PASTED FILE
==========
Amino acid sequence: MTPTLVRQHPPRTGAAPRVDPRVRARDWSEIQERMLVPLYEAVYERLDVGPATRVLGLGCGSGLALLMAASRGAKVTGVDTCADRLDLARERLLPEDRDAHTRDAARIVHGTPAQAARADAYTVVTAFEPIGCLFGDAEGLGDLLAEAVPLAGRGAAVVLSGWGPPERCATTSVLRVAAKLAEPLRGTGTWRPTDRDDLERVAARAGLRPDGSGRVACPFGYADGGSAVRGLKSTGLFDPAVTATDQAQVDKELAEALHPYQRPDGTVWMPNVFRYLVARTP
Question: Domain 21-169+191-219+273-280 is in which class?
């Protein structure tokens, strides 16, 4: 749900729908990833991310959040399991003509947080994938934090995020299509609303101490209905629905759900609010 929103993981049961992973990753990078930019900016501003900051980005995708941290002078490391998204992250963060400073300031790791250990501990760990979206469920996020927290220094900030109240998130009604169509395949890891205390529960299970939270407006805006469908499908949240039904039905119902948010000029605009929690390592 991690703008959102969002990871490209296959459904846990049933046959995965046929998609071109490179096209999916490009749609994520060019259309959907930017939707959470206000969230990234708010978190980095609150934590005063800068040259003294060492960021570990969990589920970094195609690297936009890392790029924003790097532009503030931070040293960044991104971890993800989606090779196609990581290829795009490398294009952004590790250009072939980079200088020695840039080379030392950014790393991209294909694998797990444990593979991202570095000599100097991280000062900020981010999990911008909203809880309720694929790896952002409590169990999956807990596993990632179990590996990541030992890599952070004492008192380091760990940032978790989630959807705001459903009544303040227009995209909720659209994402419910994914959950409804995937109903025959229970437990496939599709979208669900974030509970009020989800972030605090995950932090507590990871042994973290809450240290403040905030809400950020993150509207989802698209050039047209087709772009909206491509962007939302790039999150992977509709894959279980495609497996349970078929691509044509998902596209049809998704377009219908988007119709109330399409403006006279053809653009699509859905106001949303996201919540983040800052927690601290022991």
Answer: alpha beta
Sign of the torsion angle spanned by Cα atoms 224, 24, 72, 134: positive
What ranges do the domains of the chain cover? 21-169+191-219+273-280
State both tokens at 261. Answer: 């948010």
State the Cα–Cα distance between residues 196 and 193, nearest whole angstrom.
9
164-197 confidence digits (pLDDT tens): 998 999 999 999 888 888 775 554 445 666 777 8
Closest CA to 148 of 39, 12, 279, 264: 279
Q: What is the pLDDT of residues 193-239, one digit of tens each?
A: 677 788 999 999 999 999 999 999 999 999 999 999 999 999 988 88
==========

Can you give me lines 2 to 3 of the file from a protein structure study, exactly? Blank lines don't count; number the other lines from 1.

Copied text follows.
Question: Domain 21-169+191-219+273-280 is in which class?
């Protein structure tokens, strides 16, 4: 749900729908990833991310959040399991003509947080994938934090995020299509609303101490209905629905759900609010 929103993981049961992973990753990078930019900016501003900051980005995708941290002078490391998204992250963060400073300031790791250990501990760990979206469920996020927290220094900030109240998130009604169509395949890891205390529960299970939270407006805006469908499908949240039904039905119902948010000029605009929690390592 991690703008959102969002990871490209296959459904846990049933046959995965046929998609071109490179096209999916490009749609994520060019259309959907930017939707959470206000969230990234708010978190980095609150934590005063800068040259003294060492960021570990969990589920970094195609690297936009890392790029924003790097532009503030931070040293960044991104971890993800989606090779196609990581290829795009490398294009952004590790250009072939980079200088020695840039080379030392950014790393991209294909694998797990444990593979991202570095000599100097991280000062900020981010999990911008909203809880309720694929790896952002409590169990999956807990596993990632179990590996990541030992890599952070004492008192380091760990940032978790989630959807705001459903009544303040227009995209909720659209994402419910994914959950409804995937109903025959229970437990496939599709979208669900974030509970009020989800972030605090995950932090507590990871042994973290809450240290403040905030809400950020993150509207989802698209050039047209087709772009909206491509962007939302790039999150992977509709894959279980495609497996349970078929691509044509998902596209049809998704377009219908988007119709109330399409403006006279053809653009699509859905106001949303996201919540983040800052927690601290022991």